THE United Kingdom is not a normal country in several respects but one in particular is its lack of a formal codified constitution. Only New Zealand and Israel share this distinction.

Constitutions are important in that they firmly outline the reach of government and define what each level of the Government is responsible for and, crucially, what it cannot do.

READ MORE: Drawing up the charter for an independent Scotland

As an example, a good proportion of the current debate over Brexit and how it affects Scotland stems from the fact that whilst there was a firm “vow” to make the Scottish Parliament permanent and to ensure that the UK Government would never overrule it on devolved matters, the lack of any kind of constitutional protections on these matters means that, in practice, Westminster remains sovereign. It is now threatening to renege on that vow in the name of unilaterally creating a “UK-wide framework” on areas such as trade and fishing.

As Scotland looks towards its independence it must begin to consider what its own codified constitution would look like and what would be included in it.

This discussion is something that would have to be started very quickly after a successful independence referendum, otherwise there is the risk that the structures of the country will be written by just a few select people, or by political parties that would end up writing it for their own benefit.

In our paper by noted constitutional expert Elliot Bulmer, we have laid out the principles by which the writing of a constitution should take place. It must be inclusive – all citizens, not just a few elites and not just Yes voters, should have a stake in creating our new country.

It should invoke “popular sovereignty” – every right, liberty, democratic principle and institution should be backed by a popular majority and not simply created or removed at the whim of Parliament. And it should provide reassurance – it should provide a floor and a foundation to our human rights and democratic processes.

Finally, the writing of a constitution would be an act of recognition – it would be a clear statement of our identity as an independent country on the world stage.

All this said, it has been noted the act of creating a constitution is as important (if not more so) than the eventual document. The constitution should be written after a widespread public consultation and exercise in citizen engagement.

The importance of this inclusion may not be entirely obvious but let’s look at just one example and ask just one question which most constitutions answer in their first few lines: what should we call our independent country?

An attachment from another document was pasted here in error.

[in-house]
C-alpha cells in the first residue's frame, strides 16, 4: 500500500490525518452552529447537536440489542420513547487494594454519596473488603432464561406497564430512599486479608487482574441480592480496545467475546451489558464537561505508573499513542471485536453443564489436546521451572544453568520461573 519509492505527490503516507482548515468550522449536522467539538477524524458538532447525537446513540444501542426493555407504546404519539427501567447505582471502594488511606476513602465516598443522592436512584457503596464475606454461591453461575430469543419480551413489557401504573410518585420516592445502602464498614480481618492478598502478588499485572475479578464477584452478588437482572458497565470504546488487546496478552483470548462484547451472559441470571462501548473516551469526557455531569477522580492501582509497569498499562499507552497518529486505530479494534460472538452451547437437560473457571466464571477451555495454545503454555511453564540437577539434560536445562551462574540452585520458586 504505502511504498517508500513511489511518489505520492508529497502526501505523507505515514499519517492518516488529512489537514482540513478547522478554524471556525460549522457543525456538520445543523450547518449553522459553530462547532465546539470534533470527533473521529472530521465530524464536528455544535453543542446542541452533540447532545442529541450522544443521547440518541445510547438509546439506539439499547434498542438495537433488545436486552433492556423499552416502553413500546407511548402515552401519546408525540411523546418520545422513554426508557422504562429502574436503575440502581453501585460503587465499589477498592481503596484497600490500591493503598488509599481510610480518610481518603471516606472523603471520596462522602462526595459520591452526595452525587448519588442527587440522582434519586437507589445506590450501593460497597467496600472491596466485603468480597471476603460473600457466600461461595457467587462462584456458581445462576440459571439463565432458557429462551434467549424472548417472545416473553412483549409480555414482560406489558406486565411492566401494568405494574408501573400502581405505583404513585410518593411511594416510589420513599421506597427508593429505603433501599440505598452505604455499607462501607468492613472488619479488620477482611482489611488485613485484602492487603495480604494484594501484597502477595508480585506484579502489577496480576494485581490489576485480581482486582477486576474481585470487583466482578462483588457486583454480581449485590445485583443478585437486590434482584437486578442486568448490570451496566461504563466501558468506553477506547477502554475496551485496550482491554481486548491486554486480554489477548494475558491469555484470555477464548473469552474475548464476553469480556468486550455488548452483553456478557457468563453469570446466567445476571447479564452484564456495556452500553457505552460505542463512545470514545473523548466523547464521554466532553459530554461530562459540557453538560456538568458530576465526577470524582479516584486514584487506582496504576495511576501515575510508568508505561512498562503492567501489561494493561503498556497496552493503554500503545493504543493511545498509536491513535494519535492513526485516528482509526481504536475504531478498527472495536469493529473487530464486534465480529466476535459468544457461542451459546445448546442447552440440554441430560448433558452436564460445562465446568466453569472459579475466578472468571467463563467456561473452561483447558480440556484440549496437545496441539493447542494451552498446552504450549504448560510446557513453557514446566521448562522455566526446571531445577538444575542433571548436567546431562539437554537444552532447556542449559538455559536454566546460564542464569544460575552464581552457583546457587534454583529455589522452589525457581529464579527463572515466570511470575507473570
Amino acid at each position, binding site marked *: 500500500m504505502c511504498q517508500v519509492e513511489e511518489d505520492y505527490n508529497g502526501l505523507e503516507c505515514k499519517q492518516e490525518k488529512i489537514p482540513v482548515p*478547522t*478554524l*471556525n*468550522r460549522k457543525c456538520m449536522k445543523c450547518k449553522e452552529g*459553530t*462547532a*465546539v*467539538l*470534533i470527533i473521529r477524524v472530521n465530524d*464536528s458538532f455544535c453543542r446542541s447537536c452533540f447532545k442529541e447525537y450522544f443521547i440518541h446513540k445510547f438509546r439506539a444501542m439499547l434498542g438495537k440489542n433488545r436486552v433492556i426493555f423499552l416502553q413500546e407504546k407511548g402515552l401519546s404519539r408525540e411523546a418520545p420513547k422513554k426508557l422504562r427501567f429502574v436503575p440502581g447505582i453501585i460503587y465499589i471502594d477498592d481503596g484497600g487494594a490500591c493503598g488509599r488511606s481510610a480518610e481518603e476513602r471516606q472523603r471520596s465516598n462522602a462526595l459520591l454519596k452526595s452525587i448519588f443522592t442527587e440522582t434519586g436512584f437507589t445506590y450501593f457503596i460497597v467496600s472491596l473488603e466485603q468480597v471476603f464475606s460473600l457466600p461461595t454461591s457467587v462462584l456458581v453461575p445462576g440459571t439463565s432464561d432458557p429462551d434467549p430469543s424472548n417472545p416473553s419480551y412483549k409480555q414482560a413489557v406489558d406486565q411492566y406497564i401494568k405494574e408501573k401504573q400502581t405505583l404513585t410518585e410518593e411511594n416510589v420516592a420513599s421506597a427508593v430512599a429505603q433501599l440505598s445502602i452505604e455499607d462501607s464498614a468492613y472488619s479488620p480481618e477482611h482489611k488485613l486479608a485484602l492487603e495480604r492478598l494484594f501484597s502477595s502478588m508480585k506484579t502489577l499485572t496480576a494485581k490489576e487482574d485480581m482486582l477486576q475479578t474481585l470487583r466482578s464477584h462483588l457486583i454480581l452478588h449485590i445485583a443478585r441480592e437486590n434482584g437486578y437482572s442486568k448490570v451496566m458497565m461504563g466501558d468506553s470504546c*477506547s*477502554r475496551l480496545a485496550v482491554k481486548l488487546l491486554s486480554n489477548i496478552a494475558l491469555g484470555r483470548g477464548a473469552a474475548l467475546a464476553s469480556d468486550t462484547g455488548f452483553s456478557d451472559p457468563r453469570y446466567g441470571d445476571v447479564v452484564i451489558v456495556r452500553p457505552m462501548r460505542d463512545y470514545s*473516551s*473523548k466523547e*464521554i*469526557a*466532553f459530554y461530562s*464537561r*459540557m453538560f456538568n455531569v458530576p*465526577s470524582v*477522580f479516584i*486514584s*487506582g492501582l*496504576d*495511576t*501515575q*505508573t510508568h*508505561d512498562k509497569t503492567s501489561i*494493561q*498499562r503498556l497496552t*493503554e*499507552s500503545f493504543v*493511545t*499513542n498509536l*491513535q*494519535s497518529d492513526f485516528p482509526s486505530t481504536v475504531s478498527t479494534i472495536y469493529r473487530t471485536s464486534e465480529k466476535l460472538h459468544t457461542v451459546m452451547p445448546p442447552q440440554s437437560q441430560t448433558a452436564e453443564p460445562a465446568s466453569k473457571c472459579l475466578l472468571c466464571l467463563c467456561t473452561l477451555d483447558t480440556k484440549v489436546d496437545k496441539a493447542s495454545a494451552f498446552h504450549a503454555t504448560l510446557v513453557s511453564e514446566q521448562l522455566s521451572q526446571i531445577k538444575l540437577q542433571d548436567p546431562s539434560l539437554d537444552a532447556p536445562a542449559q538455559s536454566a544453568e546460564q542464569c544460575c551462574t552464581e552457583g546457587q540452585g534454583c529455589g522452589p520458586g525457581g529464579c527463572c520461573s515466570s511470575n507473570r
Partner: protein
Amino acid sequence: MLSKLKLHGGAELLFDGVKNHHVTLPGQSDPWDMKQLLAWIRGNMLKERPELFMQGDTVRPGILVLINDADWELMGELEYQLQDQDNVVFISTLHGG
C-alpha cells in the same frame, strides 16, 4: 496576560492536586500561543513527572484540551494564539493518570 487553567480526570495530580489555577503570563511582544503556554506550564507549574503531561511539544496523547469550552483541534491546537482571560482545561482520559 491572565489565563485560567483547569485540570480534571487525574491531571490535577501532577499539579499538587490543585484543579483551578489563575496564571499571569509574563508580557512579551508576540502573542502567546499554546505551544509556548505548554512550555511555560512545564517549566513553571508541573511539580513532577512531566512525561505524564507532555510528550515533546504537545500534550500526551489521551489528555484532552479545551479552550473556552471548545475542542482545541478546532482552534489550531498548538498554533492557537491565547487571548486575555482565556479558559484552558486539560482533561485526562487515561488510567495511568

That seems like a straight forward question, doesn’t it? It seems like it has an obvious answer. But does it?

We could return the country to its pre-1707 name of The Kingdom of Scotland, which would provide a sense of continuity with that old country but would also explicitly state that the head of state of Scotland would take the form of a monarchy (whether it would take the form of the current dynasty or some other). Whilst this may be reassuring to some, it may also act as a barrier to those who seek a more democratic approach to running our country.

Similarly, answering the question by calling our country “The Republic of Scotland” may be controversial for the exact obverse reason and would be explicitly accepting the UK’s stated position that the Scotland of 1707 was legally “extinguished” by the Treaty of Union – though Common Weal’s 2016 paper Claiming Scotland’s Assets points out that this position would be to Scotland’s benefit regarding the allocation of debt and assets.

A third option on the name of our country would be to take the position of a countries such as Canada and Ireland and forego the preamble and description in our formal name and simply call ourselves “Scotland”.

Again, it would be accepting that are going to be a “new” country, but it would allow us to then hold the discussion about the form and role for our head of state in a more objective light.

That is just one of the questions that will form the constitutional debate, but hopefully it gives a flavour of what could be a positive and engaging exercise in identity forming. Whilst the formal discussion is best held off until after an independence referendum so as to maximise engagement from all sides of the independence campaign, there’s certainly nothing stopping Yes voters looking ahead to that and starting an informal discussion amongst ourselves.

I encourage you, the reader, to download our policy paper, read through the principles and our example constitution and then let us know what you think the constitution of an independent Scotland should say.

Craig Dalzell is the head of policy and research at Common Weal